Kathy Orr: Well, before I was doing unbundled I had, and it was basically in my head … After talking with a client, I’d quote a retainer amount. Usually about, depending on what the case was, in the neighborhood of 15 to 25 hundred dollars. Sometimes higher, sometimes lower. But mostly in that neighborhood. So, I kind of use that as a basis for putting in my contracts with these people. They’re paying a retainer of that amount, but they’re paying it in this matter.

So, they’re paying it, number one, to get me started working on the case. They’re paying me a certain amount at the time they sign the contract. Although there have been a few people who want me to agree to take payment … I tell them, I won’t start working on your case until you’ve paid this much for instance. And if they say, “Okay, well, what if I just pay you as I get the money? Then can you start working on the case, when you get that balance?” And I say, “Sure.”

So, I’ve even had some people that are paying money and I haven’t started working on their case. And I’m not going to start working on their case until they reach that minimum balance.

Dave Aarons: Has that been helpful for some clients, to know that they’re putting money aside …attorneys will just say, “Okay. Well, look, we need a minimum of $500, a minimum of a $1000 or $15 000 … ” whatever it is, ” … to get started on your case. Give us a call once you have it.” And they just turn that client aways.

Whereas, it sounds like in certain circumstances you might say, “Well, if you don’t have that right now, then you can just start making payments towards it.” And then, once they have it, then you just take action. But at that point, you’re getting them started working towards making payments towards their balance.

Has that really helped them with their commitment taking that first step, even it’s only $100, a couple hundred dollars, or whatever they can afford, towards paying that balance off?

Kathy Orr: I think it has. And it makes them feel more secure because they know they’ve got somebody lined-up to do the work. So, it’s kind of like somebody’s put you on layaway. They go to the store and they pick out what they want, but they don’t get to take it home until they’ve paid for it. So, they’re motivated to make those payments to get you to start working. So, that has worked in some instances where they can’t even come up with $500 to get me started.

Dave Aarons: So, what’s an example of a payment … Would you take a $100, $200, $250, is there a minimum, or do they just kind of. Do they take a credit card payment every week or so and that just goes into the trust account? How does that work? What’s been the logistics of making those payments, collecting those payments from the clients up to that threshold when you can actually file for them?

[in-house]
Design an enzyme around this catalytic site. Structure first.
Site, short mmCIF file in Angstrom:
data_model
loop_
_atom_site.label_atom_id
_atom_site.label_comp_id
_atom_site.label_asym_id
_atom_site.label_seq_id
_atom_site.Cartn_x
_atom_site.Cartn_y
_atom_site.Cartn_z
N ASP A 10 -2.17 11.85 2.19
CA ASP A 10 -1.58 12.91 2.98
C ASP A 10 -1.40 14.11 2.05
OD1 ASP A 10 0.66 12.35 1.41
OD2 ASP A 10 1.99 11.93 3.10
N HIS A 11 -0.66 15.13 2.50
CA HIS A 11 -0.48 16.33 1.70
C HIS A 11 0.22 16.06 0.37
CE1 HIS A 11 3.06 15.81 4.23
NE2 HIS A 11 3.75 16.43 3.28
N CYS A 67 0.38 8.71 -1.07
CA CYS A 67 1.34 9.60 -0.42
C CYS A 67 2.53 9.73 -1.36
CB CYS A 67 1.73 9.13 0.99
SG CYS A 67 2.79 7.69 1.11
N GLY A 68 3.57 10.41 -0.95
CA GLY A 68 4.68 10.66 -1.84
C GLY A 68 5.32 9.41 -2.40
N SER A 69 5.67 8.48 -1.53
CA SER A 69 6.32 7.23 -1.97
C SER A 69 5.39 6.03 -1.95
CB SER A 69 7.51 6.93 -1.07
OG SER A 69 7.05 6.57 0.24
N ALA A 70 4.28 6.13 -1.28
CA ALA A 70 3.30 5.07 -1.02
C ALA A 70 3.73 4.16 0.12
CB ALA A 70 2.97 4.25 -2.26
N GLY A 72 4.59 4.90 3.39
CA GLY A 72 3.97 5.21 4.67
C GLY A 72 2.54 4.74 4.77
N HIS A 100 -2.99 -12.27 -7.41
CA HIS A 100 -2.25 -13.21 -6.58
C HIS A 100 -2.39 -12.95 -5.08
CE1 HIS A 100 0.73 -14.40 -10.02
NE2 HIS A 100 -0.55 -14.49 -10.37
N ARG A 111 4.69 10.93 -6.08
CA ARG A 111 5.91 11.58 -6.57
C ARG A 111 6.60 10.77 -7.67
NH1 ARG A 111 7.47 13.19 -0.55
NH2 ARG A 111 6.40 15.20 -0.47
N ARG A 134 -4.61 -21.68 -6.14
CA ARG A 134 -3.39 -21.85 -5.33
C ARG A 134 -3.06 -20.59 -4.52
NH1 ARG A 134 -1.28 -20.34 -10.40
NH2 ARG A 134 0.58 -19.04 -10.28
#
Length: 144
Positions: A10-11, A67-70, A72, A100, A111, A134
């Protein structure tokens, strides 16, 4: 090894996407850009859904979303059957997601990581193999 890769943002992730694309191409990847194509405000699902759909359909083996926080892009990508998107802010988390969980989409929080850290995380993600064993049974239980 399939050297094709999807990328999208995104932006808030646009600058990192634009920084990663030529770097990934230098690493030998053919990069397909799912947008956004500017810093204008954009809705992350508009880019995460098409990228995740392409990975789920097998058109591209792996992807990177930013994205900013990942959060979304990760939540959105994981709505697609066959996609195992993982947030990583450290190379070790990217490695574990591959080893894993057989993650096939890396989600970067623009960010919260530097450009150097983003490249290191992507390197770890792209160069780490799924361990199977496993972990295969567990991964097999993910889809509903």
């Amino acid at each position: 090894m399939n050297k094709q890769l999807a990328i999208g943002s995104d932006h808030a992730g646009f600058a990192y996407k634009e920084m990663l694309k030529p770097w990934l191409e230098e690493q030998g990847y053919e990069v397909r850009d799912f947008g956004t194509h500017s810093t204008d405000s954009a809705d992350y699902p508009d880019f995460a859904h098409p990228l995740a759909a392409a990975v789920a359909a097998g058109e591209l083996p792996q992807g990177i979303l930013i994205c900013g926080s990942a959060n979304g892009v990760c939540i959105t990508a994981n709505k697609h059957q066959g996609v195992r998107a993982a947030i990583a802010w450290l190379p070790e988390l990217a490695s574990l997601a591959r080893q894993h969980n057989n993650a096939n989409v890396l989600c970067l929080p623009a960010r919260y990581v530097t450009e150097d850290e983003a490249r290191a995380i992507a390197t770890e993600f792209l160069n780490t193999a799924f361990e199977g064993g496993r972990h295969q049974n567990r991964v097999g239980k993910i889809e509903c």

Kathy Orr: Okay. Yes, it goes into the trust account, of course, because you may have to refund if you don’t ever do anything on their case but collect payments for a while. But I think … I haven’t had one so far that has not gotten me the minimum amount before I started working on the case.

Dave Aarons: That’s great to hear. Okay.

Kathy Orr: And at that point, if they’re just wanting to start making some payments, I don’t put them on a schedule. I say, “When you want to make a payment, you call and you tell me how much you want to pay, and that will go towards your case. And the more you pay in, the more frequently you pay, the quicker we’ll get to work on your case.”

So I don’t at that point make a, “You have to pay a certain amount every so often.” After they’ve signed a contract … Well, actually, I’m making them sign a contract that is going to specify, that until we receive that minimum balance, we’re not going to start working on their case. But once that minimum balance is reached, then they need to be on a regular payment schedule.

And what I am doing, mostly, is you pay once a month. If you want to pay more often, then that we can certainly do that, but you need to pay at least $100 once a month. And this is … If you only pay a $100, you’re probably going to be paying for a really long time. So, if you’d like to pay more than that, if you can afford to pay more than that, it would be better for you. Because we’re going to get this paid off a lot quicker.

So, I have people paying various amounts. The least I’ll do is a $100 a month. And they need to give me a credit card and authorization to just automatically charge their credit card on a certain day each month.

Dave Aarons: Okay, and do you use a LawPay or automated payment solution, payment processing solution to make that payment automatically, or do you just, at a specific time each month, you guys just do all the payments and so forth?

Kathy Orr: Well, we’re doing it in-house right now, and Graham keeps telling me I need to start using LawPay.